ETF Trends CEO Tom Lydon discussed the KraneShares Global Carbon ETF (KRBN) on this week’s “ETF of the Week” podcast with Chuck Jaffe on the MoneyLife Show.

KRBN seeks to provide a total return that, before fees and expenses, exceeds that of the IHS Markit Global Carbon Index over a complete market cycle. The fund is benchmarked to IHS Markit’s Global Carbon Index, which offers broad coverage of cap-and-trade carbon allowances by tracking the most-traded carbon credit futures contracts. The index introduces a new measure for hedging risk and going long on the price of carbon while supporting responsible investing.

Investors have an opportunity to get in on the nascent stages of the international carbon market as carbon emissions trading picks up momentum on the global stage. The carbon allowances market can also help diversify a traditional stock and bond portfolio. Global carbon futures markets historically exhibit a low correlation to other asset classes.

Latest Tailwind for the Global Carbon Market

The United Nations climate summit, COP26, opened a path to international carbon trading. U.N.-certified carbon credit could be used by regulated markets and standardize more informal ones. In Glasgow, governments agreed on long-stalled rules for how countries and companies can trade carbon emissions credits across borders.

A broader deal asks its 190-plus signatories next year to revisit emissions-cutting plans that fell short of what scientists say is needed to prevent the worst possible effects of climate change. Governments from almost all of the world’s countries endorsed a set of preliminary rules over how governments and companies can create, value, and swap credits to drive their net emissions lower with a global trading system.

The rules are part of what has been called Article 6 of the Paris Accord, which was signed in 2015. Still, a global carbon market won’t happen overnight. The agreement first invites nominations for a supervisory body to oversee the marketplace.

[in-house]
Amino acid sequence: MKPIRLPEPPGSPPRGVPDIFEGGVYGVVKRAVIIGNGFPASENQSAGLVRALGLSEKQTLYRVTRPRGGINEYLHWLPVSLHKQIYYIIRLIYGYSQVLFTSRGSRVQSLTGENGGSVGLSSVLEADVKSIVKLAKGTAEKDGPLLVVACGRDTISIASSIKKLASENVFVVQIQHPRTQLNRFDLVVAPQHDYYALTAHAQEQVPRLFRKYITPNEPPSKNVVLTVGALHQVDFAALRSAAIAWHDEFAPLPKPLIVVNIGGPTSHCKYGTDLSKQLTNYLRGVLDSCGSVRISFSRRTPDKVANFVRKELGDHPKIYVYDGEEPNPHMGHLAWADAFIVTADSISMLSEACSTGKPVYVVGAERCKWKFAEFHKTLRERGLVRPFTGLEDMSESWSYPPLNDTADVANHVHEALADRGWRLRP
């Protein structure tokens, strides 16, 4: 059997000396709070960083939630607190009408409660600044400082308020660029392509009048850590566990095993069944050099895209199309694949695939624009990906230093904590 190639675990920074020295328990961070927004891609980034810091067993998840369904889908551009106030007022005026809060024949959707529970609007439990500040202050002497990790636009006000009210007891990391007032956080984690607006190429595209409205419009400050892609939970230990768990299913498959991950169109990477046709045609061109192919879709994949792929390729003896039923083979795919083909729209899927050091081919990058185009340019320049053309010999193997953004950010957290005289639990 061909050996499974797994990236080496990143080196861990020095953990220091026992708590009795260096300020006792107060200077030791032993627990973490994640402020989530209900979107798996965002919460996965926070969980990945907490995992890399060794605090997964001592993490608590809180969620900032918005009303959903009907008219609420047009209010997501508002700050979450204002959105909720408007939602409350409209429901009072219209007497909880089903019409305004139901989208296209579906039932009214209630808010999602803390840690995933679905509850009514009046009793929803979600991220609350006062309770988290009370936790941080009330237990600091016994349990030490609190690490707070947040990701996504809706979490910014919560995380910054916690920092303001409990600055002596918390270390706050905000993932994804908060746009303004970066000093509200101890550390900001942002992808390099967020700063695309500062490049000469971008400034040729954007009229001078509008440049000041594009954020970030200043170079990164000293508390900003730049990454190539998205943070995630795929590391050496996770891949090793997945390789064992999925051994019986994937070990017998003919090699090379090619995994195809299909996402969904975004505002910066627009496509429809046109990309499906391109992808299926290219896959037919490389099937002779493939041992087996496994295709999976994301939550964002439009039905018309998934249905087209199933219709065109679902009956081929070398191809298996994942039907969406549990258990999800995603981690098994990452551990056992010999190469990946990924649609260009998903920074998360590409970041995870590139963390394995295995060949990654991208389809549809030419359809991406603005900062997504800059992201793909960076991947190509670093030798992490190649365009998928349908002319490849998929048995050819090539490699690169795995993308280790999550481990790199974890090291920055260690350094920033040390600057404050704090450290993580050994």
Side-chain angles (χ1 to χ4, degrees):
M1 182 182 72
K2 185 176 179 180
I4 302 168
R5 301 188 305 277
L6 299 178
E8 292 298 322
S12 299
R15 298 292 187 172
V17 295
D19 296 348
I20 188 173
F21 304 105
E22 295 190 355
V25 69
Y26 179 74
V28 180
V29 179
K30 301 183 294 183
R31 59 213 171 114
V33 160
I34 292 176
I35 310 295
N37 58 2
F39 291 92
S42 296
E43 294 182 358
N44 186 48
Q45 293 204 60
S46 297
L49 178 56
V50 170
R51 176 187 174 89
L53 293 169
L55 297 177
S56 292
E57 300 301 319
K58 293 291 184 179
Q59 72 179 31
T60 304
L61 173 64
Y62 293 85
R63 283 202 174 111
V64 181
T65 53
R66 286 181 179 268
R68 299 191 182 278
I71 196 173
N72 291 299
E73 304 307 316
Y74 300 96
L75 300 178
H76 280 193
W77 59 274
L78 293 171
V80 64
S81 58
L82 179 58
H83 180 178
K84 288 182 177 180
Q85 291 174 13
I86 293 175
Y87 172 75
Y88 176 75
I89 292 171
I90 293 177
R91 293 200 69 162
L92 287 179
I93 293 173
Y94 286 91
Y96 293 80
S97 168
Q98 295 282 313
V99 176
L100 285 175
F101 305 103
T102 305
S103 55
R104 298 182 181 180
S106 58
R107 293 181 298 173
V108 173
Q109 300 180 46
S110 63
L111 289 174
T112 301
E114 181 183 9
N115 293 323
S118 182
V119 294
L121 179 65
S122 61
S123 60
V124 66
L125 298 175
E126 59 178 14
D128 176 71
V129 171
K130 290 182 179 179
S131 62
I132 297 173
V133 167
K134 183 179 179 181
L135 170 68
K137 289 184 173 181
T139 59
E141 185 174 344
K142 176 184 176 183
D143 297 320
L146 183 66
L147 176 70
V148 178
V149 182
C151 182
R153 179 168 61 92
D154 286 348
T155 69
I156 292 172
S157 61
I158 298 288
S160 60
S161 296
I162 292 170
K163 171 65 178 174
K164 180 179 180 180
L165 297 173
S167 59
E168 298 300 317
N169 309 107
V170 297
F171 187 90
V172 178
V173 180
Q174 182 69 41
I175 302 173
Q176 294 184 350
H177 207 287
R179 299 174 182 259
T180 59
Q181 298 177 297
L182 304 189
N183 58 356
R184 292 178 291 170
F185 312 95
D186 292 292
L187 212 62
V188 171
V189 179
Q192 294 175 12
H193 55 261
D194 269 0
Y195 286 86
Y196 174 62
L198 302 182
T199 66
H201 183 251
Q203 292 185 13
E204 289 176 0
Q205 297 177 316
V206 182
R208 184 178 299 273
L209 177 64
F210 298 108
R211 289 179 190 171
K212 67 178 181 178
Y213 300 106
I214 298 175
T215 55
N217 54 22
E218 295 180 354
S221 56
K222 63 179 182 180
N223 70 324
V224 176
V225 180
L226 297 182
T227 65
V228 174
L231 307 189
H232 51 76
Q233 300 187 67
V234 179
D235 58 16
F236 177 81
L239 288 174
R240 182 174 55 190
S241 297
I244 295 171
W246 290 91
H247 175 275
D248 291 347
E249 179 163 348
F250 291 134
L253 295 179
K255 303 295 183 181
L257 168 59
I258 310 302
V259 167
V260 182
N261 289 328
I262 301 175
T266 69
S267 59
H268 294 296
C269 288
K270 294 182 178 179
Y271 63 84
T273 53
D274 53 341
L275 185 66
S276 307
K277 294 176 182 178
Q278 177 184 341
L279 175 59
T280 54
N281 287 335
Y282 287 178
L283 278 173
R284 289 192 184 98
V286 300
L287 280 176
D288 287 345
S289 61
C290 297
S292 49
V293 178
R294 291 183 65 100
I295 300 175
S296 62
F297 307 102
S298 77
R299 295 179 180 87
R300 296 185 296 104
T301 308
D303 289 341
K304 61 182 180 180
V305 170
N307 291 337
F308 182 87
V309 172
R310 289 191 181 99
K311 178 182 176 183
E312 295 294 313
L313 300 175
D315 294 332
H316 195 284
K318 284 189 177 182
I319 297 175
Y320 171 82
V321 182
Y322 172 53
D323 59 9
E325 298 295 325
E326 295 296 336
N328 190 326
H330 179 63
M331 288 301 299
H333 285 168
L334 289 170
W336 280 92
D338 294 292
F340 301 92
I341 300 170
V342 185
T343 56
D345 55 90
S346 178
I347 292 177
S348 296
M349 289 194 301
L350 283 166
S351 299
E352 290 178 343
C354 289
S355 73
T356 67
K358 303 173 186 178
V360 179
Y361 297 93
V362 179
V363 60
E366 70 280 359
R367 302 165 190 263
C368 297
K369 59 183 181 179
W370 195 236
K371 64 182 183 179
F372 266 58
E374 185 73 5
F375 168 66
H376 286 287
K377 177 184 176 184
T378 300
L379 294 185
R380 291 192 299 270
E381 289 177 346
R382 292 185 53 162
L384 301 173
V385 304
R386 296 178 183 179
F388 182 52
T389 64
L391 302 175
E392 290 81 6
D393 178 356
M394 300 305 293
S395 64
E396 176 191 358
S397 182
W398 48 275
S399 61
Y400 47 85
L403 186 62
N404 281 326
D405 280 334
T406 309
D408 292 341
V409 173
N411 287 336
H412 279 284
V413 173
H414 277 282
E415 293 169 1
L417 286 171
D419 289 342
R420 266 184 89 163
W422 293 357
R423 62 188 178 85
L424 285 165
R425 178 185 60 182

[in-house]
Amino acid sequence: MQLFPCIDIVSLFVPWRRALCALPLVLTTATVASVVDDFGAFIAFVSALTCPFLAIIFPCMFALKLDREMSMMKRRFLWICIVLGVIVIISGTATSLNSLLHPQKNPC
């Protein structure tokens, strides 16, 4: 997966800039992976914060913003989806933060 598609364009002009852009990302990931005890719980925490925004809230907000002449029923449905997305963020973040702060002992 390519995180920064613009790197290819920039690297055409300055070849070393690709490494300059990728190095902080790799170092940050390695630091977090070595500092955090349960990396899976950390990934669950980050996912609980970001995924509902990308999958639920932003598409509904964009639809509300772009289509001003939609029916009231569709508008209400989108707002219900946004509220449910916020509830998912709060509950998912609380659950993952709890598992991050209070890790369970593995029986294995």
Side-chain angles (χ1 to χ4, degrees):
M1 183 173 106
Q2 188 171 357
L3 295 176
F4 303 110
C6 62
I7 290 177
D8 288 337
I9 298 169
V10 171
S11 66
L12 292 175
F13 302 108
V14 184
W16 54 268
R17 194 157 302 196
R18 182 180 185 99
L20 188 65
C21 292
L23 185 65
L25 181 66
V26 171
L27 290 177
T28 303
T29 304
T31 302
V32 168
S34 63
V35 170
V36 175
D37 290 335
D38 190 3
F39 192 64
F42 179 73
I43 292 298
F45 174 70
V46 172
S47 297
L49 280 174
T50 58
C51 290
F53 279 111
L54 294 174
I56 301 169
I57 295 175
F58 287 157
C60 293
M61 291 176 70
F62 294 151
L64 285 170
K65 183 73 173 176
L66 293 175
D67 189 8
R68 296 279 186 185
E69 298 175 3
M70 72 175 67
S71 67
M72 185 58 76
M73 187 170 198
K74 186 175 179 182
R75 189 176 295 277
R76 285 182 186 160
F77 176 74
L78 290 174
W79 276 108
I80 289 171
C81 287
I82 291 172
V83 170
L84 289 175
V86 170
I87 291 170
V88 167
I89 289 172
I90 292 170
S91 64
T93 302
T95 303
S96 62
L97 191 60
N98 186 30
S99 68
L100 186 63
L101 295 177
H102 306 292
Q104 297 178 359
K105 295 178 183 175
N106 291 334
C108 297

Currently, there is a patchwork of carbon markets globally. These include markets set up and regulated by governments, such as the European Union’s Emissions Trading System and similar markets in China and California. In these markets, heavy-emitting industries such as utilities are given limits for how much carbon they can emit.

If they stay under that limit, they can sell any extra to others emitting more than their ceiling. The new rules could lead to the linking up of regional emissions-trading schemes. Informal carbon-offset markets include companies voluntarily participating in activities such as planting trees and restoring peatlands or funding others to do so. These projects generate credits that can be traded among companies to drive down their own net emissions.

Carbon Allowance Market

According to IHS Markit, as of December 31, 2020, the global price of carbon was $24.05 per ton of CO2. It is estimated that carbon allowance prices need to reach $147 per ton of CO2 to meet a 1.5°C global warming limit. As of December 31, 2020, the three largest global carbon futures markets, tracked by IHS Markit’s Global Carbon Index, had a market size of $260.79 billion.

In April 2019, The Financial Times reported that European carbon allowances within the European Union Emissions Trading System were the world’s top-performing commodity over the past two years. China’s emissions trading market is expected to launch by the end of 2021. Once fully implemented, it will be the largest carbon allowance market in the world, which may provide an additional catalyst for the performance of the global carbon allowance market.

Globally, emissions trading systems and carbon taxes cover about 20% of greenhouse gas emissions, with nearly 40% of global GDP produced in locations with a carbon price. In 2019, the top three emissions trading systems grew 41%, and in 2020, they grew 65% by trading volume.

Looking ahead, the market is expected to grow as more regions try to achieve their net-zero carbon targets. For example, the European Union will reach its legally binding target to cut emissions to 55% below 1990 levels by 2030. It has issued a package of 13 proposals to expand and revise the EU ETS, such as reducing the number of permits in circulation each year at a faster rate than the current one.

Listen to the Full Podcast Episode on KRBN:

For more podcast episodes featuring Tom Lydon, visit our podcasts category.